Fresh Off the Boat
Read Eddie Huang’s book, to know that the title of this post is a direct quote from Huang’s dad. He cleverly captured Eddie’s militant conviction and pugnatious attitude in this referring to him as a slanted-eye Malcom X. Huang’s dad might have even captured a bit of Eddie’s mayhem, like dealing and petty crime, which was also a vice of the young Malcolm Little.1 Somehow though, the racial paradigms that Eddie railed about in this book were ironically what shielded him from the same institutionally racist repercussions Malcolm or any other brother faced. Frankly speaking, cops policing white neighborhoods and fighting Reagan’s war on drugs, did not routinely picture a Huang, Wang, or Wong when they were patrolling. This made Eddie’s early escapades look like he saw the sh#t, deliberately stepped in it, and had to grind the toe of his kicks in it before riling the institutional beast. Eventually however, he did, and it’s covered in his book.
That brings us to the topic of parenting, and Eddie spends a considerable amount of time evaluating the methods employed by his parents. But, his dad, abusive by Eddie’s initial depiction, seemed like any other old-school dad of my era that wouldn’t think twice about poppin’ you upside the head, if that would set you straight. So, while Eddie spent the first few chapters of his memoir casting Mom and Dad’s discipline as needing CPS intervention, it was the type of discipline that many of us grew up thinking was normal. Without condoning it, some of us even understood that style of parental discipline was there to impress upon us the need for life-saving conformity. Basically, our parents were conditioned to protect us from a Trayvon Martin or Eric Garner type situation way before these situations were trending in the news–even if they had to beat it into us. This brings us back to Eddie. I admire his spit and fire, but he would have been what we lovingly would have called hard-headed. Raising kids like him took more skill than any previous generation had handed down; and I mean this both literally and figuratively. Therefore when you take an immigrant parent (like Eddie’s dad), parented by the back of the hand, and with no other parenting style modeled; and combine that with a hard-headed first-generation, first-born, boy-child, obviously bearing the weight of his ancestors’ hopes and dreams; then you have a recipe for exactly what Eddie presents in this unapologetically raw, poignant, and often funny memoir. I almost sprayed my coffee, reading through all of the relatable and laugh-out-loud moments as Eddie recounts his early college years that show-up about midway through the book.
“They don’t understand that in China, Taiwan, or the Philippines we can be whoever we want. In America we’re allowed to play one role, the eunuch who can count. You’ve seen Romeo Must Die, Jet Li gets no pussy. Whenever I tried to articulate what I really felt about being Chinese in America, my dad said I sounded like a slanted-eye Malcolm X.”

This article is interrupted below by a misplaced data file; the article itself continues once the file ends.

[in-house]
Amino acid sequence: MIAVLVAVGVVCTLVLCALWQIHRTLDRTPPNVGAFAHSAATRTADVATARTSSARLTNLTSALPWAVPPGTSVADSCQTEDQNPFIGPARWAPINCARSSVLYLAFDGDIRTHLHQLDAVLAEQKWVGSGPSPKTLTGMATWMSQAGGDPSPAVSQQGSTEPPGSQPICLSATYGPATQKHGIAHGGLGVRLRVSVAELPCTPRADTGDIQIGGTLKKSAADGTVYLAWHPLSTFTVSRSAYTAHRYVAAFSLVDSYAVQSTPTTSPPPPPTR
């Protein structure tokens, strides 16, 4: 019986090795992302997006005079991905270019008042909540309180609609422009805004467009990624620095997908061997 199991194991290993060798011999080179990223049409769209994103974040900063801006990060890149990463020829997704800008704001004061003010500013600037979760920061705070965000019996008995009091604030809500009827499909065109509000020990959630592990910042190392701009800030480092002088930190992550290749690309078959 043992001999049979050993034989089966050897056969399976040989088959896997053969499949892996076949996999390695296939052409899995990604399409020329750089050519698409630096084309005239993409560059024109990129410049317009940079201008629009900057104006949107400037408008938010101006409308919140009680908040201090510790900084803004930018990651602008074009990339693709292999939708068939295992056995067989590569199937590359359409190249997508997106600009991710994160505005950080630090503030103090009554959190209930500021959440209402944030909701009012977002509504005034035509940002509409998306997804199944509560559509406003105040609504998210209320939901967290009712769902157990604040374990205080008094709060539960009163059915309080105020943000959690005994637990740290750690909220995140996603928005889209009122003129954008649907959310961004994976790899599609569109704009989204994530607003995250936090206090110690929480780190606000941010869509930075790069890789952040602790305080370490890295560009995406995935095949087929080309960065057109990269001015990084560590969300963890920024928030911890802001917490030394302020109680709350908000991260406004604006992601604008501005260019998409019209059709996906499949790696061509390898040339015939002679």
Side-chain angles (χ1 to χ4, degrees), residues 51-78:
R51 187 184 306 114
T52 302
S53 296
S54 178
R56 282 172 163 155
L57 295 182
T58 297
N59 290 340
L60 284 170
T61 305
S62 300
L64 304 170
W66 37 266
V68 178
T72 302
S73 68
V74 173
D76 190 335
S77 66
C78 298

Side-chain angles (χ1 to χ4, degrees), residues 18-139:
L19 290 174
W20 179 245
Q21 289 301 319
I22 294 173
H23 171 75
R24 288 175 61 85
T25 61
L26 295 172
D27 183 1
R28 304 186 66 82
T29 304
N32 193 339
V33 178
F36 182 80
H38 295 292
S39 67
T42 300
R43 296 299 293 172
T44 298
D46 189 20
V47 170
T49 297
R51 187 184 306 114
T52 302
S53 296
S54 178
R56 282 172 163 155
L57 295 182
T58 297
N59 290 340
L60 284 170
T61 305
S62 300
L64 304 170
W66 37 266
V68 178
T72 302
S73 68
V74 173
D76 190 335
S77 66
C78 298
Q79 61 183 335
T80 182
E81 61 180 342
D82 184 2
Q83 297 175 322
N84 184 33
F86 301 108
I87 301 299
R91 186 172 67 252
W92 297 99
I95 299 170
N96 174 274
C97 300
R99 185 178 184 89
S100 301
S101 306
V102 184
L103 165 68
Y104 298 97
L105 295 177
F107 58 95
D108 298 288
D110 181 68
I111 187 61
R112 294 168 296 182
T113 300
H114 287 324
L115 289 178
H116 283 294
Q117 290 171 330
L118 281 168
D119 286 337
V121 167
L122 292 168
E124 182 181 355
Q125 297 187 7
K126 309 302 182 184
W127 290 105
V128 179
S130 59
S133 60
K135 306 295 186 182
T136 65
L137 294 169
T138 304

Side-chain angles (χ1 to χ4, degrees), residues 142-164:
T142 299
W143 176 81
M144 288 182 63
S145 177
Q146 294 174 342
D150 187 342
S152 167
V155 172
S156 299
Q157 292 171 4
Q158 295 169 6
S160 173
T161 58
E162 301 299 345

Mind you, I said this showed up about midway. You had to be patient enough to get there with him—to grow with him from grade school, through poor times, puberty, bad choices and more. He lays the foundation; so that by the time he’s come of age you understand that Eddie Huang earned his right to be bad-ass. He’s where you find that behind his constant barrage of f-bombs and angst there is purpose and dare I say poetry in his prose.
Another little gift Eddie bestows upon us is his ability to discretely weave the whole culinary journey into the trajectory of his life. He wrote this as an organic out-growth of where he was and who he was with. His forays into food served as a pretext for philosophically profound notions that had stewed within him over time. That’s how a simple bowl of cavatelli and red sauce became an illuminating revelation about what grounds us.
“In that little Italian diner tucked onto an anonymous Italian street in western Pennsylvania, I learned that there are universal food truths. Every culture had dishes that prized the simple and traditional over showy flavors and elaborate presentations. The things that may not seem worthy on first look but over time become an indispensable part of your life. If you grow up in an immigrant culture there are going to be foods you eat that other people just don’t get. Not the universal crowd pleasers, the fried chickens and soup dumplings, but the everyday stuff.”
“The things people left off menus only to find an audience during family meal. Whether it’s food or women, the ones on Front Street are supermodels: big hair, big tits, big trouble. But the one you come home to is probably something like cavatelli and red sauce. She’s not screaming for attention because she knows she’s good enough even if your dumb ass hasn’t figured it out yet.”
Okay, he had me at dumb ass. I loved how Eddie kept dropping these little unpolished pearls of wisdom throughout. He goes on to thrill with self-discovery in Taiwan, a short but awakening stint in law school, his call to student activism, social justice, and more. Don’t be misled by Fresh off the Boat’s hot pink, candy colored book cover, because Eddie doesn’t sugar coat a damn thing.
So, this is now my must-read recommendation for all my fellow “friends of color,” their kids, and friends of my friends. It’s a compound recommendation really; because it is not sufficient to read the book, one must also listen along to the audio narration by Eddie, out on Audible. Eddie’s voice, its cadence, the passion and flow of his reading, keep the experience “one-hundred”!
Drop the mic. Buy the book.